Journal of Moral Philosophy 1 (1):31-50 (2004)

Authors
Susan A. Stark
Bates College
Abstract
Inspired in part by a renewed attention to Aristotle's moral philosophy, philosophers have acknowledged the important role of the emotions in morality. Nonetheless, precisely how emotions matter to morality has remained contentious. Aristotelians claim that moral virtue is constituted by correct action and correct emotion. But Kantians seem to require solely that agents do morally correct actions out of respect for the moral law. There is a crucial philosophical disagreement between the Aristotelian and Kantian moral outlooks: namely, is feeling the correct emotions necessary to virtue or is it an optional extra, which is permitted but not required. I argue that there are good reasons for siding with the Aristotelians: virtuous agents must experience the emotions appropriate to their situations. Moral virtue requires a change of heart.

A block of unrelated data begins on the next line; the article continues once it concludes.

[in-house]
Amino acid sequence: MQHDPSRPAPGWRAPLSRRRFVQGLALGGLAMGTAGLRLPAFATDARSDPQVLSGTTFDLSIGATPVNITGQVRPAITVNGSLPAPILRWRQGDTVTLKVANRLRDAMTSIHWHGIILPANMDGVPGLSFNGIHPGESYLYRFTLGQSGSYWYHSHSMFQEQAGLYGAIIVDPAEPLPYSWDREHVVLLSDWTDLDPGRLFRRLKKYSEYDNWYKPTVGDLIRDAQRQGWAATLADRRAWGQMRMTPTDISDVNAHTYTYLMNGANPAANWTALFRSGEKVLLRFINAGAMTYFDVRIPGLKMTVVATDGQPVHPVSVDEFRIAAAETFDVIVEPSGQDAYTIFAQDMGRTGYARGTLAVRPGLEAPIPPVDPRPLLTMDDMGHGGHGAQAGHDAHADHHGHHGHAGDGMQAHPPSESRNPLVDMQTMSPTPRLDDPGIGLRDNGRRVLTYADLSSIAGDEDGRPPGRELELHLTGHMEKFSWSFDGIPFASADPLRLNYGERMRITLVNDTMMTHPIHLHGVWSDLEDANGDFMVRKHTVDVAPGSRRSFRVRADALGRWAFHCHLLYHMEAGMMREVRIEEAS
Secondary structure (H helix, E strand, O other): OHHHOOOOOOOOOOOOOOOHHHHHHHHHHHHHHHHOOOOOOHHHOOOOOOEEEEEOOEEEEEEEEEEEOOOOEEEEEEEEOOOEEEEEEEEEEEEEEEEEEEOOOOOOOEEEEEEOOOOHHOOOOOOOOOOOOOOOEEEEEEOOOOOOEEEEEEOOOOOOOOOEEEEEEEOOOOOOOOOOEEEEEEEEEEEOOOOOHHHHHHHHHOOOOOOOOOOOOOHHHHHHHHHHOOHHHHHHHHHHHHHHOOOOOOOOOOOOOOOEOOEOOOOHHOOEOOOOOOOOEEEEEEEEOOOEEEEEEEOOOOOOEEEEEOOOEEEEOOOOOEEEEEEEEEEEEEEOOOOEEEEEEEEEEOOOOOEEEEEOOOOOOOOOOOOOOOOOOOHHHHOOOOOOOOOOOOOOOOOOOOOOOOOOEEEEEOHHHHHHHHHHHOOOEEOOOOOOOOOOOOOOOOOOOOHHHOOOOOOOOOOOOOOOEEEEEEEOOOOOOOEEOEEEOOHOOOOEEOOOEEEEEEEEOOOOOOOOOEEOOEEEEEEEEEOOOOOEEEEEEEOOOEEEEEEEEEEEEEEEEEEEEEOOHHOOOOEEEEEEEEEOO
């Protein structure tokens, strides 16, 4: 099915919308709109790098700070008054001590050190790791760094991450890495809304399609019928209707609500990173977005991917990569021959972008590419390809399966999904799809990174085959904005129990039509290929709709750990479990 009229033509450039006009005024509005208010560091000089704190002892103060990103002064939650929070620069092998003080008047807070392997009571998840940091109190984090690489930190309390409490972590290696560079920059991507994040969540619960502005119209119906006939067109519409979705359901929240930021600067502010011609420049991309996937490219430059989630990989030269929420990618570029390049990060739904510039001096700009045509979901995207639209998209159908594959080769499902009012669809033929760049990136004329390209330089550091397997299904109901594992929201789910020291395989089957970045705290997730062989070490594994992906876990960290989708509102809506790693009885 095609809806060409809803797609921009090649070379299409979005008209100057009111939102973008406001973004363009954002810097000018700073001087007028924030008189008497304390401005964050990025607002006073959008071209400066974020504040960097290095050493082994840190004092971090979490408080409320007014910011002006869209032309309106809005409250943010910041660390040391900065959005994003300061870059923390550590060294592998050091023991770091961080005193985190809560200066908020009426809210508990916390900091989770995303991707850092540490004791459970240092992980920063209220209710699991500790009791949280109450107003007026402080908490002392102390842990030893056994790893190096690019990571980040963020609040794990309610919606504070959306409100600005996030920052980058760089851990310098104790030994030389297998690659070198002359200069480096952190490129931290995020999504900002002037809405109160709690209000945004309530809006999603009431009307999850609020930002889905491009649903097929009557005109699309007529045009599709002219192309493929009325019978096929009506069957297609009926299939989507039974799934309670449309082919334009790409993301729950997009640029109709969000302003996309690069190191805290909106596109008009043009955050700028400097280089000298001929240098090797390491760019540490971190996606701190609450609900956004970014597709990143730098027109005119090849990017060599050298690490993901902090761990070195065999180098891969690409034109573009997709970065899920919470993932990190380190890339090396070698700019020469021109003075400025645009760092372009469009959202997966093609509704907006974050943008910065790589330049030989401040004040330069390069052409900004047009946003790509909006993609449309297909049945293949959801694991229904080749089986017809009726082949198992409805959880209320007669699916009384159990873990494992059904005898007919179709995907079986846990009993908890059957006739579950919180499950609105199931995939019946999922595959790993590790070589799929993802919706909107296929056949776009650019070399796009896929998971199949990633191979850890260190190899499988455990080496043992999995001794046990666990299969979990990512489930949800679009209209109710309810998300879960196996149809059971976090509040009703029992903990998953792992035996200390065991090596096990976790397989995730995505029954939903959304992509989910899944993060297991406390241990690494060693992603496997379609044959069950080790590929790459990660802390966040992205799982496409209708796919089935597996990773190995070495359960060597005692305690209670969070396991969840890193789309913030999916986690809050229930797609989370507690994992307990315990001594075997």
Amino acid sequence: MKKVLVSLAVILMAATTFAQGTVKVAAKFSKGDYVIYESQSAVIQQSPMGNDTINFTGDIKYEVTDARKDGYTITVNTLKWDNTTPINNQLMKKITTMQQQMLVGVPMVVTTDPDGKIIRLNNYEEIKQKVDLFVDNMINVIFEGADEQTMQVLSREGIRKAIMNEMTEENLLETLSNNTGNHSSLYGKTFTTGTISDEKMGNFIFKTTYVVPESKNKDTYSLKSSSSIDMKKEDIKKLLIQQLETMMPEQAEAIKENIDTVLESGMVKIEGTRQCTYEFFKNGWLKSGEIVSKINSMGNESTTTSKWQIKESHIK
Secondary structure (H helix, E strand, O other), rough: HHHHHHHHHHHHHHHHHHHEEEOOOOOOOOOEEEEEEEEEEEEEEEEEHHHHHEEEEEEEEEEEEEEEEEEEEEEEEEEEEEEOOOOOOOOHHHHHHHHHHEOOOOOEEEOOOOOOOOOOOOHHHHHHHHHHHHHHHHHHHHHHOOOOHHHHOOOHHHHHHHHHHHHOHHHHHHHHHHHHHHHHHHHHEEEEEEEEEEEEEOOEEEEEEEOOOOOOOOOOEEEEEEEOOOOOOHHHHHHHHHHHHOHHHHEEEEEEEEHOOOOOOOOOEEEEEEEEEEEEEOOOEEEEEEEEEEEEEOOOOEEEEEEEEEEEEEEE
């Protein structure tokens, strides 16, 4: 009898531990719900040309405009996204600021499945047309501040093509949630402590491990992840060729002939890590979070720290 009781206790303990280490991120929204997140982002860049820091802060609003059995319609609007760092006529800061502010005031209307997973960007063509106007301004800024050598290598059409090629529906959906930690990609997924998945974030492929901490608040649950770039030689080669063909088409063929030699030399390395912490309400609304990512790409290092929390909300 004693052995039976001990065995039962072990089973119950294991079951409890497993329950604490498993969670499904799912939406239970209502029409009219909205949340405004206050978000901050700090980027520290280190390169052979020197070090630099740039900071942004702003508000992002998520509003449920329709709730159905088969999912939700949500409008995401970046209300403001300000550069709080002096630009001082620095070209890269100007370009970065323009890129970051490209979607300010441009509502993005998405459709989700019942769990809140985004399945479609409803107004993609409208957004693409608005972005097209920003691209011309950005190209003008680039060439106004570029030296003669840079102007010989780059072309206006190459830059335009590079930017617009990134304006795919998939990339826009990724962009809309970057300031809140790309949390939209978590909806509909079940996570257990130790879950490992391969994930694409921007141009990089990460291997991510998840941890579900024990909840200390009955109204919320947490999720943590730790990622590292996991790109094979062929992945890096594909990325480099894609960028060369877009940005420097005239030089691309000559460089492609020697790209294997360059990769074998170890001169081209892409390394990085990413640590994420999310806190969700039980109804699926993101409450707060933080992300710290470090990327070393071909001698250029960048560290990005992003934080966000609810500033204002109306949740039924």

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DOI 10.1177/174046810400100105
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Aristotle on learning to be good.Myles F. Burnyeat - 1980 - In Amélie Oksenberg Rorty (ed.), Essays on Aristotle's Ethics. University of California Press. pp. 69--92.
On the Value of Acting From the Motive of Duty.Barbara Herman - 1981 - Philosophical Review 90 (3):359-382.
The Doctrine of Virtue.Immanuel Kant - 1965 - Ethics 75 (2):142-143.

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